You are finally aligned and ready to embark on a new journey: Moving out.
Whether that is venturing out on your own for the first time into your first apartment or into your first home, the excitement bubbles inside as you look forward to finding the living space of your dreams. Or not! Perhaps the whole home hunting process makes you a bit anxious and confused as you flip through apps like Apartments.com, Zillow, and Trulia making calls to property management offices and realtors alike trying to find a lead.
Whether you are the first or latter of the scenarios, you can benefit greatly from your search if you invest in a seasoned realtor's assistance. I know what you're thinking: "Now I have to paya realtors fee?" And my answer is, yes. Spend it, sis. The investment is worth it, and you are worth it.
Rather recently, I called myself trying to save a few coins by searching for my first apartment on my own, and almost became a victim of a renter scam. Thankfully, I used my head and sought counsel from my friends and family about the rental before making a decision. I was blessed enough to find a great realtor to help me find my first apartment who was able to talk my rent down by $100 from the asking price. I save $1,200 a year that I would've paid if I hadn't hired my own realtor, and she checks in with me yearly for my feedback and offers suggestions about buying or renting my next apartment. You are paying to have an experienced agent with your best interest at heart on your side in an industry that is trying to give you less as you spend more.
I sat down with a millennial realtor Madison Fraizer who was able to spill the tea on the apartment and home search to explain the many reasons why partnering up with a realtor is one of the smartest and most risk-free moves that you can make:
Though using online apartment listing is a great starting point for young women looking to move, would you suggest using a realtor?
Madison Fraizer: I definitely recommend utilizing a realtor, a lot of the inventory we have privy to, opposed to you going on Trulia, and definitely not Zillow, or 'Killer Craig's List'. I'm still very skeptical about Craigslist, even though I found my current apartment on the site, but it was because I knew the broker. Anyone can post on Zillow and Craigslist now so it's more so for the assurance if you are a woman; one for safety, and two to be certain it is really inventory. Is it really available? I had a client, unfortunately, she thought that my condo was for rent, and when she went to go meet the seller off Craigslist, they robbed her on Christmas Eve. So that's why I encourage people to stay off the online platforms and to partner up with a reputable realtor in person.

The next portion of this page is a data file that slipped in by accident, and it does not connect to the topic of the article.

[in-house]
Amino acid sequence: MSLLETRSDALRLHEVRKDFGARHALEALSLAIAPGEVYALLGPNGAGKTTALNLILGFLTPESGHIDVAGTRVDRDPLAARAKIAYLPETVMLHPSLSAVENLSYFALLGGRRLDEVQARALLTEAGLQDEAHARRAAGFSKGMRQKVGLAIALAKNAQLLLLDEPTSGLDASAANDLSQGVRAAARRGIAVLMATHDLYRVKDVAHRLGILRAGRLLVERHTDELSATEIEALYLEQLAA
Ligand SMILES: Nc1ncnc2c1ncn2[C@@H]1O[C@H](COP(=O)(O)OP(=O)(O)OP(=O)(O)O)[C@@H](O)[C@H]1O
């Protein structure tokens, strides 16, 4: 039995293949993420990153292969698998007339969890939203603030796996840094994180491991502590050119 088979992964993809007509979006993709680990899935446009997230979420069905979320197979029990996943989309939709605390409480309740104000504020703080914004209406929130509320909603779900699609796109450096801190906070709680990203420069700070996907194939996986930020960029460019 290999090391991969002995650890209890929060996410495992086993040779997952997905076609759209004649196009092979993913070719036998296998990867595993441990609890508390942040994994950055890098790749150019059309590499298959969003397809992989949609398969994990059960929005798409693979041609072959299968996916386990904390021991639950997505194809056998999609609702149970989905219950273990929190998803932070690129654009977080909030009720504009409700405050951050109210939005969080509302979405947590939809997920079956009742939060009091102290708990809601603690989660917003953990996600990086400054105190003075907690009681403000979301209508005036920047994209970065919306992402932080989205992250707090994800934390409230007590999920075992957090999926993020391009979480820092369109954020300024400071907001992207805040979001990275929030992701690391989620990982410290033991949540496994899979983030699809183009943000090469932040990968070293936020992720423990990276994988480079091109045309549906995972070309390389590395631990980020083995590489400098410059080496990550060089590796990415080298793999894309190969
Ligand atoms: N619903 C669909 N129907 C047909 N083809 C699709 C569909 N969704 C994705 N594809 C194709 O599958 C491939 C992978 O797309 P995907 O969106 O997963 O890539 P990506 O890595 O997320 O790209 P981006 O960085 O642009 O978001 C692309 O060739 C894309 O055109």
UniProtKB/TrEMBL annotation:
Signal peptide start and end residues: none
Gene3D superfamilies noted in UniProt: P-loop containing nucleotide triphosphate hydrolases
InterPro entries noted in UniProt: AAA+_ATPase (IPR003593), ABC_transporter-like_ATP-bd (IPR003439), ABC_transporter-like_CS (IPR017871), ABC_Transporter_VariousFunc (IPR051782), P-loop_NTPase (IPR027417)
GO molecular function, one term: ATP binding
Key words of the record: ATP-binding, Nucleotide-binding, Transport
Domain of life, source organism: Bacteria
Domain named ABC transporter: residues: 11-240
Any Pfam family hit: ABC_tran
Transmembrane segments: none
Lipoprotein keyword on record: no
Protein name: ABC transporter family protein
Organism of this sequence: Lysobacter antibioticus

What are some tips and trends you could offer to young women trying to find a great value in their investment whether they are looking to rent or buy?
I encourage young adults to have roommates because rent is so high. Rent is so high that it is forcing people to buy. You may think that buying into a single-family home is too much, as I did I was younger. Now I have a chance to work with other young women who do investment properties, and I am looking to invest in the same. I will be able to live in one unit and let the second unit be rented out in order to pay my mortgage.
This way, whatever money I am making, I can save for my next investment because rent is ridiculous, especially due to gentrification. I can attest to this, as I worked a decent job every day, and could not afford a luxury apartment because the rent starting for a one-bedroom in my town started at $1800. I had to move further south so that I could afford my lifestyle.
For some of us that are on the search for the right fit in a realtor, what are some guidelines you suggest we follow?
When looking for a realtor, the first thing I think they should ask is if the realtor is resourceful. Could they offer you a variety of programs? If they are looking to rent, are they knowledgeable about the market you want to buy into? You want to find a realtor that is in constant contact with their clients, following up, doing everything that has to be done to get it to the closing table. Rentals can be just as hard and as difficult as selling a house because of the paperwork involved and the requirements of the landlord.
"You want to find a realtor that is in constant contact with their clients, following up, doing everything that has to be done to get it to the closing table."
As the new year approaches and many of us make resolutions to move into a bigger and better living space, make it your first order of business to find a realtor that best fits your needs. This is a great opportunity to enlist the help of a female realtor of color that is not only well-educated in their craft, but street smart in regards to the surroundings that you are looking into.
Follow Madison @Msmadisonrealty for more tips!
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